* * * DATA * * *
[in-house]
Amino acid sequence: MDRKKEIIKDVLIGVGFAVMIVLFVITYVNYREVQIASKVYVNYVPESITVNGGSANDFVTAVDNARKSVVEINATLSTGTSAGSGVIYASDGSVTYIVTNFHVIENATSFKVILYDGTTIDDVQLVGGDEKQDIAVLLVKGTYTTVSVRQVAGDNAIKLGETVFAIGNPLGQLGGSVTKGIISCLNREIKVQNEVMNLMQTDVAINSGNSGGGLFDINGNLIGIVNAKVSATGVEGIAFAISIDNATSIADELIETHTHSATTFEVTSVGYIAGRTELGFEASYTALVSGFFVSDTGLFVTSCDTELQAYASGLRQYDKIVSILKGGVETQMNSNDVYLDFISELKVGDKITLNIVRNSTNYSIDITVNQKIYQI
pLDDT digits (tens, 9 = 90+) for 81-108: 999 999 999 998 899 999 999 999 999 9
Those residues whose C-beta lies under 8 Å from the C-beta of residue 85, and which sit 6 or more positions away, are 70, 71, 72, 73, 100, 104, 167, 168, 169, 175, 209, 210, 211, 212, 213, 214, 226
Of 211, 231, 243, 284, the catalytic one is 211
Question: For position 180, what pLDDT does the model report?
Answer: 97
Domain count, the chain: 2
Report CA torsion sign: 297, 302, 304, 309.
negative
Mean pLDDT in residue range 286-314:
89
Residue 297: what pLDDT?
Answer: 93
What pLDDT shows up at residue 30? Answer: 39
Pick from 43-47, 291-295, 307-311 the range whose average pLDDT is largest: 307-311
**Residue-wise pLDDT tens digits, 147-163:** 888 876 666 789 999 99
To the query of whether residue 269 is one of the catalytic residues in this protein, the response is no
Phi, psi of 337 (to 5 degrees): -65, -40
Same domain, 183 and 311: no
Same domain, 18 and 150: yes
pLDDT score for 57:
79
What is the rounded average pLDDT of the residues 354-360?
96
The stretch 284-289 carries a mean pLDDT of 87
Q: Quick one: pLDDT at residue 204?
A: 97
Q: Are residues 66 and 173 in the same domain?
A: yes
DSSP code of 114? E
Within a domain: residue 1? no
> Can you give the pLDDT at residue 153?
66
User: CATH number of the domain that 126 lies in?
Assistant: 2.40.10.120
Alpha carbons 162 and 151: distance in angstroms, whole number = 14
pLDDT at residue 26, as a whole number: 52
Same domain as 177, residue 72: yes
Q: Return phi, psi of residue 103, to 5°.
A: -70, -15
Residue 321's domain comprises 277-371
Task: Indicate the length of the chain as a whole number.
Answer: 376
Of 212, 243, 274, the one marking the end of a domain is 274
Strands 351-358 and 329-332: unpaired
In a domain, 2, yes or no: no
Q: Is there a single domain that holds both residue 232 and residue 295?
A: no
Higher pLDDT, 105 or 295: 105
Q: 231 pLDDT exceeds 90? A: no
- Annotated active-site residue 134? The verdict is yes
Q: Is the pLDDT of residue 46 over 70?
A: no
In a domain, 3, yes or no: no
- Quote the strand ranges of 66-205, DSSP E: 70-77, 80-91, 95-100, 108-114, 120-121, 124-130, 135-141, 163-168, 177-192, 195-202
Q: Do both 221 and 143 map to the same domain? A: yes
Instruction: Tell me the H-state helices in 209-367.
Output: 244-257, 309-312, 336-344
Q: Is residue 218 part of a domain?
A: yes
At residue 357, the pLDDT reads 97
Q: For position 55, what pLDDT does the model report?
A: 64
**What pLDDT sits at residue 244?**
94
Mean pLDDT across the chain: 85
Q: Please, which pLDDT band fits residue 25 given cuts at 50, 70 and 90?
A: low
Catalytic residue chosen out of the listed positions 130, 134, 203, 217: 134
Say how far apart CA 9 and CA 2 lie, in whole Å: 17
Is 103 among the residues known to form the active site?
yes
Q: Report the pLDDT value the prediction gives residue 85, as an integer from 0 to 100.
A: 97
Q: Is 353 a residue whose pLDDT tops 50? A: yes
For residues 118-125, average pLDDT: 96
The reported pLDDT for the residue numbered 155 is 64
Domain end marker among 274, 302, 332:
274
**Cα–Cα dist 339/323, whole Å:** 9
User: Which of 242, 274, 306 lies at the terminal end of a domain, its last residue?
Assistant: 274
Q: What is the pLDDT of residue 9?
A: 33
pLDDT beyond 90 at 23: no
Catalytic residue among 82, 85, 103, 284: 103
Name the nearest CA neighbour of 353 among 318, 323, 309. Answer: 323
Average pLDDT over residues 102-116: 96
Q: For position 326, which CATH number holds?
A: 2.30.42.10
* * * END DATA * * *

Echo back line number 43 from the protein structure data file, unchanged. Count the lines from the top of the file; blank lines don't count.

Task: Indicate the length of the chain as a whole number.